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Tradescantia pallida

Tradescantia pallida
Tradescantia pallida 'Purpurea'
Scientific classification Edit this classification
Kingdom: Plantae
Clade: Tracheophytes
Clade: Angiosperms
Clade: Monocots
Clade: Commelinids
Order: Commelinales
Family: Commelinaceae
Genus: Tradescantia
Species:
T. pallida
Binomial name
Tradescantia pallida
Synonyms[1]

Setcreasea pallida Rose
Setcreasea purpurea Boom

Tradescantia pallida is a species of spiderwort native to the Gulf Coast region of eastern Mexico. The cultivar T. pallida 'Purpurea' is commonly called purple secretia, purple-heart,[2] or purple queen.[3] Edward Palmer collected the type specimen near Ciudad Victoria, Tamaulipas in 1907.[4][5]

Names

The Latin specific epithet pallida means "pale".[6]

Description

Tradescantia pallida is an evergreen perennial plant of a scrambling, climbing growth habit and vine-like stature. Small aerial roots will form along the stem, which root the vine further in-place and give greater stamina to the overall plant body. It is distinguished by vivid purple, elongated and slightly pointed leaves—generally a glaucous green, turning more vividly purple in full sunlight and times of drought—and bearing small, three-petaled flowers of white, pink or purple. Plants are susceptible to overwatering, moderate frosts, or any temperature below about 40°F (4.44°C); in times of cold-induced seasonal die-back, the rootball will remain sheltered underground, eventually sprouting again from the base.[7] In the coldest of regions, deadheading, fall pruning, mulching and placing the rootball just slightly higher than the planting hole—to ensure that pooling water beneath the roots is not a threat—are all key to the plant surviving cold and/or wet conditions.

The cultivar T. pallida 'Purpurea' has purple leaves and pink flowers.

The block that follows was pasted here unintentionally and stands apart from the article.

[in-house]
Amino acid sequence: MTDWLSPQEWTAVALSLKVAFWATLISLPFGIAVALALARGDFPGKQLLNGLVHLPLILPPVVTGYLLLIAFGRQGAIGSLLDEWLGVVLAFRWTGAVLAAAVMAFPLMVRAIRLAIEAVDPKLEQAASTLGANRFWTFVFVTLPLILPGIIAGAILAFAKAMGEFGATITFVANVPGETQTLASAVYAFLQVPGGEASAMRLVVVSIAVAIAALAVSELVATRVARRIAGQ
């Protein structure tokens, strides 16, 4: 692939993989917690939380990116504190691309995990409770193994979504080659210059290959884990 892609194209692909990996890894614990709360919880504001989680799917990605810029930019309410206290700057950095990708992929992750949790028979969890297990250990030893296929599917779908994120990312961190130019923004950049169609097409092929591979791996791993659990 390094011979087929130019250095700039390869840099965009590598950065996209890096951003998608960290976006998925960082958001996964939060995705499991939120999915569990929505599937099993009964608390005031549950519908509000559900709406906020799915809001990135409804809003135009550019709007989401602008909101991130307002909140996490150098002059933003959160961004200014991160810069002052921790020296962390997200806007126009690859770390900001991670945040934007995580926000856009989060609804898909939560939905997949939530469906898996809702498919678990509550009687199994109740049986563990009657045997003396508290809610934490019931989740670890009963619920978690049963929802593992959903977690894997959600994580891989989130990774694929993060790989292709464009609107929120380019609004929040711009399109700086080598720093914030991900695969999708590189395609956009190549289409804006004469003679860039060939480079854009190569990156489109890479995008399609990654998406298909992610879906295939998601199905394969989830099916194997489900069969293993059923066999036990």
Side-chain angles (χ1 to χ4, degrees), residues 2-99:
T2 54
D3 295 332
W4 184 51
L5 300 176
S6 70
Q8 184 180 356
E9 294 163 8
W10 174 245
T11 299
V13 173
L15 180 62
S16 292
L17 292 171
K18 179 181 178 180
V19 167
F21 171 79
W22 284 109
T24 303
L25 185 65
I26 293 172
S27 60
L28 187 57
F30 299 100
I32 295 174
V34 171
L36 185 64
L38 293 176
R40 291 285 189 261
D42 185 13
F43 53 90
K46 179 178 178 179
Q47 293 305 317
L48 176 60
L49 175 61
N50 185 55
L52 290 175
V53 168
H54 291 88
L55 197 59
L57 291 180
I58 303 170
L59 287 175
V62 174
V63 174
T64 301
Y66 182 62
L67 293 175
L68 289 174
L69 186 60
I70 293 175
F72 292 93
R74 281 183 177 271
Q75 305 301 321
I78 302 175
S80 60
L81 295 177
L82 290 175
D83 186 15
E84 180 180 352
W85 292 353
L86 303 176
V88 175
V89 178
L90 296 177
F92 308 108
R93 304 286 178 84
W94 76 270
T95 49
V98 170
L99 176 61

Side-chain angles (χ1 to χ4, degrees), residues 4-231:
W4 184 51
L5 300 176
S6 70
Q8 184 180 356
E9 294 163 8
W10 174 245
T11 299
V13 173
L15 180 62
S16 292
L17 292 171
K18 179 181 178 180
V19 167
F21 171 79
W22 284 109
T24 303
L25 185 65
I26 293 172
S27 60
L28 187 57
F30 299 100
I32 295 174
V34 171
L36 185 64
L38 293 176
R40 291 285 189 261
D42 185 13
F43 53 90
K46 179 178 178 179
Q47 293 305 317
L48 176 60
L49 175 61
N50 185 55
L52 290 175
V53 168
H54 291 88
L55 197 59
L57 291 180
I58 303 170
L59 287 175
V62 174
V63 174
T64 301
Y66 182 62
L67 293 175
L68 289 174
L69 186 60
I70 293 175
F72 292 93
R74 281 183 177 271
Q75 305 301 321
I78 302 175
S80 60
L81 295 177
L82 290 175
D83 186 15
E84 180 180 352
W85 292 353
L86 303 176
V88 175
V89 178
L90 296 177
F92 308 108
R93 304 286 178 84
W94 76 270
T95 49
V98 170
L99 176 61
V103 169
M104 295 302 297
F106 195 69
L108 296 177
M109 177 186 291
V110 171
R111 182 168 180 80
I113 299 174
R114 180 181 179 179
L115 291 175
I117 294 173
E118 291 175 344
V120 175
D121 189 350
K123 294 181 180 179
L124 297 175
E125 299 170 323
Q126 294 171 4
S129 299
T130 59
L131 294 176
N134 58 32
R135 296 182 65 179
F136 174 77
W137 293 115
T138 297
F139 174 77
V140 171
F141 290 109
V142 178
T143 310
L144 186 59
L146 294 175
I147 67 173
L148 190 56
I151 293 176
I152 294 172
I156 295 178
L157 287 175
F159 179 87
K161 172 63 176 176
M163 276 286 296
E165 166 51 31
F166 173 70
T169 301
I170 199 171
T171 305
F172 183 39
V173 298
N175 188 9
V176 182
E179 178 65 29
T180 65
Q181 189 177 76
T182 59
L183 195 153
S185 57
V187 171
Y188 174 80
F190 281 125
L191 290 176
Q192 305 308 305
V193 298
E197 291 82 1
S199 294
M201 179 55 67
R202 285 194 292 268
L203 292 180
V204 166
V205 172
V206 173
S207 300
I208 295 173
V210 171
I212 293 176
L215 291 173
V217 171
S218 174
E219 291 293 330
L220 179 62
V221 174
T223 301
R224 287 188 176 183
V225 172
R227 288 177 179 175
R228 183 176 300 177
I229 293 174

Cultivation

Widely used as an ornamental plant in gardens and borders, as a ground cover, hanging plant, or—particularly in colder climates where it cannot survive the winter season—houseplant, it is propagated easily by cuttings (the stems are visibly segmented and roots will frequently grow from the joints).

As a houseplant, T. pallida has been judged exceptionally effective at improving indoor air quality by filtering out volatile organic compounds, a class of common pollutants and respiratory irritants, an effect known as phytoremediation.[8]

Numerous cultivars are available, of which 'Purpurea' with purple foliage has gained the Royal Horticultural Society's Award of Garden Merit.[9][10]

Gallery

References

  1. ^ "Tradescantia pallida". Germplasm Resources Information Network. Agricultural Research Service, United States Department of Agriculture. Retrieved 2011-11-20.
  2. ^ BSBI List 2007 (xls). Botanical Society of Britain and Ireland. Archived from the original (xls) on 2015-06-26. Retrieved 2014-10-17.
  3. ^ USDA, NRCS (n.d.). "Tradescantia pallida". The PLANTS Database (plants.usda.gov). Greensboro, North Carolina: National Plant Data Team. Retrieved 14 December 2015.
  4. ^ "Tradescantia pallida". EOL. Retrieved 24 March 2018.
  5. ^ "Tradescantia pallida" at the Encyclopedia of Life
  6. ^ Harrison, Lorraine (2012). RHS Latin for Gardeners. United Kingdom: Mitchell Beazley. ISBN 978-1845337315.
  7. ^ Duever, Linda Conway (2006-08-31). "#734 Tradescantia pallida". Floridata.
  8. ^ Yang, Dong Sik, Pennisi, Svoboda V., Son, Ki-Cheol, Kays, Stanley J. Screening Indoor Plants for Volatile Organic Pollutant Removal Efficiency. HortScience, Published online 1 August 2009; in print 44: 1377-1381 (2009)
  9. ^ "Tradescantia pallida 'Purpurea'". RHS. Retrieved 5 March 2021.
  10. ^ "AGM Plants - Ornamental" (PDF). Royal Horticultural Society. July 2017. p. 102. Retrieved 24 December 2018.
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Tradescantia pallida
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